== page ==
In his capacity as a full service operation, Glenn Reynolds has occasionally cited science writer Gary Taubes and linked to his book Why We Get Fat. Taubes recommends a low-carb/no-carb diet, as some of the popular diet books do, both for reasons of weight control and overall health. Inspired by Taubes, I've been following a low carb diet for 18 months. It has worked for me, but I'm not sure how long I can stick with it. Ice cream is my favorite food and I find it difficult to walk through the bakery section of the grocery store without crying.
Imagine a world where steak is the new Melba toast. Muenster cheese is the new broccoli. Butter keeps the heart and veins nice and lubricated. And all that advice about avoiding whole milk was just plain wrong. After years of low-fat dieting that may work in the short term but only leaves many of us even fatter in the end, could it be: Could fat really be our friend, after all?
Samantha Chang, Examiner.com, "Low carb high-fat ketogenic-type diets help weight loss, heart disease, diabetes"
Saturated fat is not the cause of weight gain, diabetes or heart disease, according to scientific research touting the benefits of high-fat, low-carb diets such as the ketogenic and Atkins plans. The true cause of obesity, cardiovascular disease, high cholesterol and diabetes is a high-carb diet, especially one high in sugar. That's what investigative writer Nina Teicholz posits in her book, The Big Fat Surprise.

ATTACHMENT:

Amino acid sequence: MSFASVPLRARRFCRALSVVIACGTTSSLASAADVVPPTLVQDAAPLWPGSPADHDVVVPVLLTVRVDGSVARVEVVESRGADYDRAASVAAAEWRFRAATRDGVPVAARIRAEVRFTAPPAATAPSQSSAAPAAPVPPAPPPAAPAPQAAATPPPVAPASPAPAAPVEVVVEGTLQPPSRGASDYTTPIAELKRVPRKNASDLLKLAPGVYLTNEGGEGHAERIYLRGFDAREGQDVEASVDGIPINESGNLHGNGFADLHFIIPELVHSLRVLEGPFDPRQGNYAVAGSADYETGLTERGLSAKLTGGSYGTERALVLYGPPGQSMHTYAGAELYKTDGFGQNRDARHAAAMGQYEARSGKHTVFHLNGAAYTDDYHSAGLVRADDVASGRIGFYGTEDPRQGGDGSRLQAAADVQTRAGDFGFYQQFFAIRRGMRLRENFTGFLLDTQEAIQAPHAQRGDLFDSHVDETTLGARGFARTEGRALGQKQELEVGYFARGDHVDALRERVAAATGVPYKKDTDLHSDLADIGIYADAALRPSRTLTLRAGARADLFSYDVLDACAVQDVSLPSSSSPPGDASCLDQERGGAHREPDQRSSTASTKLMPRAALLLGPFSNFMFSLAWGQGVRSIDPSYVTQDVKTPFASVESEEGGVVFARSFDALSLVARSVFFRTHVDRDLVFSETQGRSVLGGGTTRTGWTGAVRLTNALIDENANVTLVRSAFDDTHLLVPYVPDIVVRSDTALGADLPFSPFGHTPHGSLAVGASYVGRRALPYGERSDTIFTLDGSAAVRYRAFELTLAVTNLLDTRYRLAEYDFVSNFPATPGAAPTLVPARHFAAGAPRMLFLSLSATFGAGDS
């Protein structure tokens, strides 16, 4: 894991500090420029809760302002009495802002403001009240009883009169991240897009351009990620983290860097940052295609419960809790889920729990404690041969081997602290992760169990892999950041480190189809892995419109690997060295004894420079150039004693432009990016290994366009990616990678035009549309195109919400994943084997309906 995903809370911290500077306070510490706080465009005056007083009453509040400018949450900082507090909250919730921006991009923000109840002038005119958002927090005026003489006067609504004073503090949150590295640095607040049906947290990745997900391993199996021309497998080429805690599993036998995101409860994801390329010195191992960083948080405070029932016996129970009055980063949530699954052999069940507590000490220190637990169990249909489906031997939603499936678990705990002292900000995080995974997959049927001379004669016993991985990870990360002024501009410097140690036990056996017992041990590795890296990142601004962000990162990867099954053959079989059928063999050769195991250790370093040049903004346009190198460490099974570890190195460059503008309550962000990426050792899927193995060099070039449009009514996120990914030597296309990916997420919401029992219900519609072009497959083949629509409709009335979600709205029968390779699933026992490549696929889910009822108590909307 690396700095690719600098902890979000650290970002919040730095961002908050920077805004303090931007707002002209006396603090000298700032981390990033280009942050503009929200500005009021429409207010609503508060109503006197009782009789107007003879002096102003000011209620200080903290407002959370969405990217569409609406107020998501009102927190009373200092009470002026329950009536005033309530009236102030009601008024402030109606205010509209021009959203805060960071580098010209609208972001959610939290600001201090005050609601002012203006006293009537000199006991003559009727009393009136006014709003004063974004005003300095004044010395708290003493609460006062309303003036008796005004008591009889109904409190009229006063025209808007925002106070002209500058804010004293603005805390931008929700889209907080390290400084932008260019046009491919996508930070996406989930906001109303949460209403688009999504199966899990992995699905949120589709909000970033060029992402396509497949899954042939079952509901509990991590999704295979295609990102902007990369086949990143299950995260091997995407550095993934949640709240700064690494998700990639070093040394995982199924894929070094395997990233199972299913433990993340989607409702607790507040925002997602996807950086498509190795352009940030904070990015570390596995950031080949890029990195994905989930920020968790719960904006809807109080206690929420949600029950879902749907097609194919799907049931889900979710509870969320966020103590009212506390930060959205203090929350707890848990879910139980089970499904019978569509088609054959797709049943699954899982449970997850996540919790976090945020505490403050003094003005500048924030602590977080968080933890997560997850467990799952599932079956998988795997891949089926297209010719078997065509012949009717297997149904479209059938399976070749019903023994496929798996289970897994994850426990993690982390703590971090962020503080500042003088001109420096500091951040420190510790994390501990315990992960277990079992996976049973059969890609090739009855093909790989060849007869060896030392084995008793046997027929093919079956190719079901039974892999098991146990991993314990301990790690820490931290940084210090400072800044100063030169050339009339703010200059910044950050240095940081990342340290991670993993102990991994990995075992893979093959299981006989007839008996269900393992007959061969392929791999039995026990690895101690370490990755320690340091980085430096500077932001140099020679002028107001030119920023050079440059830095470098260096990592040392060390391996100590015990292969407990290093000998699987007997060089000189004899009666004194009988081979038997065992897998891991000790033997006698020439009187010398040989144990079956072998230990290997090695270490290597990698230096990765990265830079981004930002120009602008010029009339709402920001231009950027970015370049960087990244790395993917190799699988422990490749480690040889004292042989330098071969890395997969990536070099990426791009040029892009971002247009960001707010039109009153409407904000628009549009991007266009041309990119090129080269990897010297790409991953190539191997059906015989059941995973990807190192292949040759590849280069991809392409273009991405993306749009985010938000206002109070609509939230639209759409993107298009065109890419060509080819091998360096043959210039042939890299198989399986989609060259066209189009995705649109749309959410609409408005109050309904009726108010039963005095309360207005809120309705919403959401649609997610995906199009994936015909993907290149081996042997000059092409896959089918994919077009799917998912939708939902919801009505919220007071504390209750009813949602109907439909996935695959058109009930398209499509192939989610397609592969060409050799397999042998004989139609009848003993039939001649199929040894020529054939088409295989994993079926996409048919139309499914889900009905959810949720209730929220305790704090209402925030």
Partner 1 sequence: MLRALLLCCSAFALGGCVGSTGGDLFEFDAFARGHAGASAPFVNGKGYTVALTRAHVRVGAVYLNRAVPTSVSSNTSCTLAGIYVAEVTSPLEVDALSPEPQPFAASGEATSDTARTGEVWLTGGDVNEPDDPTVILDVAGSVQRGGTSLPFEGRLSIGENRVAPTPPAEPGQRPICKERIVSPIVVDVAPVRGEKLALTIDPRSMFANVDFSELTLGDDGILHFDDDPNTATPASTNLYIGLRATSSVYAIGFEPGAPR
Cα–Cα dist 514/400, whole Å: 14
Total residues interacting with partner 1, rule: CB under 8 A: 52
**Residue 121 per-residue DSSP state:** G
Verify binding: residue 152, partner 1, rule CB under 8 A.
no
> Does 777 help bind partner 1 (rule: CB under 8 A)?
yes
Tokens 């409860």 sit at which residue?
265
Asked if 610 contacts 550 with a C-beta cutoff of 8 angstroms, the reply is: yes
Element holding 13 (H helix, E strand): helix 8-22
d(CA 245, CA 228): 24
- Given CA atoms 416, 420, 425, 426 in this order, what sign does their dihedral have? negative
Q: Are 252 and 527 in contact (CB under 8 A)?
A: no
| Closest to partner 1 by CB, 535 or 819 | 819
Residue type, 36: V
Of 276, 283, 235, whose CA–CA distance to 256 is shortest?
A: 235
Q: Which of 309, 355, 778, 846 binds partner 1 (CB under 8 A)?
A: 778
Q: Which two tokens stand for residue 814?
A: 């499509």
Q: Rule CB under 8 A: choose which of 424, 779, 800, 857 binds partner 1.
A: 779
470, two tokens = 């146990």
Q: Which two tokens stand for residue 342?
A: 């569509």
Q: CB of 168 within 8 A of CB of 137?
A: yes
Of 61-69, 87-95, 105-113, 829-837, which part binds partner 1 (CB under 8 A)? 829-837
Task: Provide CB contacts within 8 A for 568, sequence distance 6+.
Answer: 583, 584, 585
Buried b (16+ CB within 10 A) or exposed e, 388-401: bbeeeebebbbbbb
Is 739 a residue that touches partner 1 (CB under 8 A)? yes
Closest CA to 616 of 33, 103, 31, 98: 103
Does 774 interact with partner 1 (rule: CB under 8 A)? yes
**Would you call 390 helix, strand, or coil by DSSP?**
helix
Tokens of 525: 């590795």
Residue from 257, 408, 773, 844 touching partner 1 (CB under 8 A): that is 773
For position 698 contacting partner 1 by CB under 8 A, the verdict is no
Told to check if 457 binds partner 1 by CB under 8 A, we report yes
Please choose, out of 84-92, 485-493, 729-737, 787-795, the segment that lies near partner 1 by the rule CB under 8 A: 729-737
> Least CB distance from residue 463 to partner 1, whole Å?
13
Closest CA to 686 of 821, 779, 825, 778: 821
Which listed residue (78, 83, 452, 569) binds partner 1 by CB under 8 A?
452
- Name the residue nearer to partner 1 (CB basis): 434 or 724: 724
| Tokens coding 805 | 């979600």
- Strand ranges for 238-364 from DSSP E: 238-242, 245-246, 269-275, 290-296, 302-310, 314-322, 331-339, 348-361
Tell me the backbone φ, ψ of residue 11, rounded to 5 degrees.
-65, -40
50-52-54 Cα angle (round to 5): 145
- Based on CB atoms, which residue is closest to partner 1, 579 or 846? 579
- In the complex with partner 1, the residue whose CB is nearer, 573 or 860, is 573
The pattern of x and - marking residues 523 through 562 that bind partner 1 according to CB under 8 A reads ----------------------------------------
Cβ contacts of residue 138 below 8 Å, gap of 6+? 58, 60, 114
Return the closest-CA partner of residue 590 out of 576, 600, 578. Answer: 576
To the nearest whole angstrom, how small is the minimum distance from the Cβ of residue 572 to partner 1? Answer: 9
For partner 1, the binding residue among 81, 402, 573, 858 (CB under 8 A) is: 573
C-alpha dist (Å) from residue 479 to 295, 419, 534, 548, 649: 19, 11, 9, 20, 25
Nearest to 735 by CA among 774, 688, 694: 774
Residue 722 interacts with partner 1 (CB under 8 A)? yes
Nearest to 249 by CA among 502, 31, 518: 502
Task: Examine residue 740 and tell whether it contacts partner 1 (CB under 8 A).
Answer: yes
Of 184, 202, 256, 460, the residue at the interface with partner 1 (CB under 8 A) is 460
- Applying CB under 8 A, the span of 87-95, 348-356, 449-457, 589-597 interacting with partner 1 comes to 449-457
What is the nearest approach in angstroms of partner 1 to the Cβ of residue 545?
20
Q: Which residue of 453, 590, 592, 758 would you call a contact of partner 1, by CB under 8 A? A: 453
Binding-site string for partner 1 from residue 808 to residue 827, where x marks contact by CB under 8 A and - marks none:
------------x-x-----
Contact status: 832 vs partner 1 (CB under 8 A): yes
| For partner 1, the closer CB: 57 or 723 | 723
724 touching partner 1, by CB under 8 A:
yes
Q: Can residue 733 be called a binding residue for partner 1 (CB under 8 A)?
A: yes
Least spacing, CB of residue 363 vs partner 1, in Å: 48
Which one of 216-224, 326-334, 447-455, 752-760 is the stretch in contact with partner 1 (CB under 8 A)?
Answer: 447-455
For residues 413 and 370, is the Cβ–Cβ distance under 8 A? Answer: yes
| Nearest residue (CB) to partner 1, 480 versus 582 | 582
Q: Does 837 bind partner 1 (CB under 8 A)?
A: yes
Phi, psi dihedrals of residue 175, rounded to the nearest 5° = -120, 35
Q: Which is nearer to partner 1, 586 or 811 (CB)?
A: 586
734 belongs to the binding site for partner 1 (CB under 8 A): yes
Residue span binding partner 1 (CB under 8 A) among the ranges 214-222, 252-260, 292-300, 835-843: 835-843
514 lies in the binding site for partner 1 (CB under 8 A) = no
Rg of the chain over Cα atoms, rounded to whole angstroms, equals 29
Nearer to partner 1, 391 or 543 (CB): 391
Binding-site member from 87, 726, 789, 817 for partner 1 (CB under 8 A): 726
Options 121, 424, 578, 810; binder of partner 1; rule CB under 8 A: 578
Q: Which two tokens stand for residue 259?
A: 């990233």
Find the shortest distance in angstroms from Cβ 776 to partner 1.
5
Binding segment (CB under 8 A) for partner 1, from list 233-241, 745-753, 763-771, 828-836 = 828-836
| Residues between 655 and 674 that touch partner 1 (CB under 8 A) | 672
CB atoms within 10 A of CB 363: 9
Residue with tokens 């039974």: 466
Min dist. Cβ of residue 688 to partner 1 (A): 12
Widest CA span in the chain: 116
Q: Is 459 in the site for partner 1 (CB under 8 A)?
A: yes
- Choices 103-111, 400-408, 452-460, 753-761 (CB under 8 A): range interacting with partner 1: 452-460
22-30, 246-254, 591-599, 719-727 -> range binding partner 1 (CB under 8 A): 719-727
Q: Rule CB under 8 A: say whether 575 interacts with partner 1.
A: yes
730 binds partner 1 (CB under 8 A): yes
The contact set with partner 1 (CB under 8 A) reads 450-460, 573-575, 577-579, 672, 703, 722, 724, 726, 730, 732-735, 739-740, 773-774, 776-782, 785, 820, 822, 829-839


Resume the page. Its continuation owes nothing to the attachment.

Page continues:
Habits interview: Nina Teicholz, The Happiness Project, "I’ve Cultivated the Habit of Hard Work, Which Is Deeply Satisfying."
Habits interview: Nina Teicholz. I'm hard at work on my book about habits, and it focuses on how to change a habit – whatever you want your habit to ...
Experts forecast that we'll be eating more fat and insects, and predict the next sriracha. With all due respect to sports geeks, music freaks, stock jocks, and teenage girls, there is no group more obsessed with The Next Big Thing conversation than food people.
With the salad days of summer behind us, and dark, cold days approaching, fat is in season. The holidays, and the accompanying onslaught of rich feasts, present a timely opportunity to think about fat. I used to assume we ate more fat in winter because our bodies wanted to pack on some extra insulation against the cold, but the evidence in support of this seemingly obvious notion—that dietary fat leads to weight gain—is being challenged
Recent studies and experts agree: butter is back. Yet the news might be a hard one to swallow especially if you nixed it from your diet years ago. So how much butter is beneficial? And is it really better than olive oil? Here, experts weigh in on where butter fits in a healthy diet and how much we should be eating.
Sue Ontiveros, Thrive Health from the Chicago Sun-Times, "New round of praise for 'Big Fat Surprise'"
''Big Fat Surprise'' is being touted as one of the must-reads of 2014. The Economist put it on its Page Turners for the year (''eloquent in its argument''). Kirkus chose Teicholz’s book as one of the year’s best (''how the fats in the American diet grew horns and cloven hooves'') and the New York Times best-seller is on the best nonfiction picks of the Wall Street Journal (''Teicholz has a gift for translating complex data into an engaging forensic narrative.'')